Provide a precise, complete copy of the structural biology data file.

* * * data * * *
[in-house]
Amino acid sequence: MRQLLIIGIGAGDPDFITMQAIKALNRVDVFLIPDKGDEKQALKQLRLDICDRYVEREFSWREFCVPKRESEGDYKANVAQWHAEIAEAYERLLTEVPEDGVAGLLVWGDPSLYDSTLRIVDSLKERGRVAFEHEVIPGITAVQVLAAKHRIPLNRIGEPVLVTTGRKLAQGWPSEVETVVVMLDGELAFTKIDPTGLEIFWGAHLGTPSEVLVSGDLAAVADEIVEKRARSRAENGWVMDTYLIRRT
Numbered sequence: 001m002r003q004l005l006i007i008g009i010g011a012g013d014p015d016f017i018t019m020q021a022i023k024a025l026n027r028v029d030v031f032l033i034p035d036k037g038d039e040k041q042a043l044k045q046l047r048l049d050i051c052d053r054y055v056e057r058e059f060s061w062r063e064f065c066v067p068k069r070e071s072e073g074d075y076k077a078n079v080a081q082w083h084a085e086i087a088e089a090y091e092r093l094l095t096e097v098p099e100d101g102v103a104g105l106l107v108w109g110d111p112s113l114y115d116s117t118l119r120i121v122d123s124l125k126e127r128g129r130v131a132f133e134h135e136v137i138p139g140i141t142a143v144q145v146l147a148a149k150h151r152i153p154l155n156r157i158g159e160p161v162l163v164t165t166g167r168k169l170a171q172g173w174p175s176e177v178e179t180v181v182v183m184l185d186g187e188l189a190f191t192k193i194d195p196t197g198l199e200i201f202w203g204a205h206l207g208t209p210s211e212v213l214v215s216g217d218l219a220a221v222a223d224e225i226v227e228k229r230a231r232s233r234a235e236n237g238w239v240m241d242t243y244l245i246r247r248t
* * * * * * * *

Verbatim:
[in-house]
Amino acid sequence: MRQLLIIGIGAGDPDFITMQAIKALNRVDVFLIPDKGDEKQALKQLRLDICDRYVEREFSWREFCVPKRESEGDYKANVAQWHAEIAEAYERLLTEVPEDGVAGLLVWGDPSLYDSTLRIVDSLKERGRVAFEHEVIPGITAVQVLAAKHRIPLNRIGEPVLVTTGRKLAQGWPSEVETVVVMLDGELAFTKIDPTGLEIFWGAHLGTPSEVLVSGDLAAVADEIVEKRARSRAENGWVMDTYLIRRT
Numbered sequence: 001m002r003q004l005l006i007i008g009i010g011a012g013d014p015d016f017i018t019m020q021a022i023k024a025l026n027r028v029d030v031f032l033i034p035d036k037g038d039e040k041q042a043l044k045q046l047r048l049d050i051c052d053r054y055v056e057r058e059f060s061w062r063e064f065c066v067p068k069r070e071s072e073g074d075y076k077a078n079v080a081q082w083h084a085e086i087a088e089a090y091e092r093l094l095t096e097v098p099e100d101g102v103a104g105l106l107v108w109g110d111p112s113l114y115d116s117t118l119r120i121v122d123s124l125k126e127r128g129r130v131a132f133e134h135e136v137i138p139g140i141t142a143v144q145v146l147a148a149k150h151r152i153p154l155n156r157i158g159e160p161v162l163v164t165t166g167r168k169l170a171q172g173w174p175s176e177v178e179t180v181v182v183m184l185d186g187e188l189a190f191t192k193i194d195p196t197g198l199e200i201f202w203g204a205h206l207g208t209p210s211e212v213l214v215s216g217d218l219a220a221v222a223d224e225i226v227e228k229r230a231r232s233r234a235e236n237g238w239v240m241d242t243y244l245i246r247r248t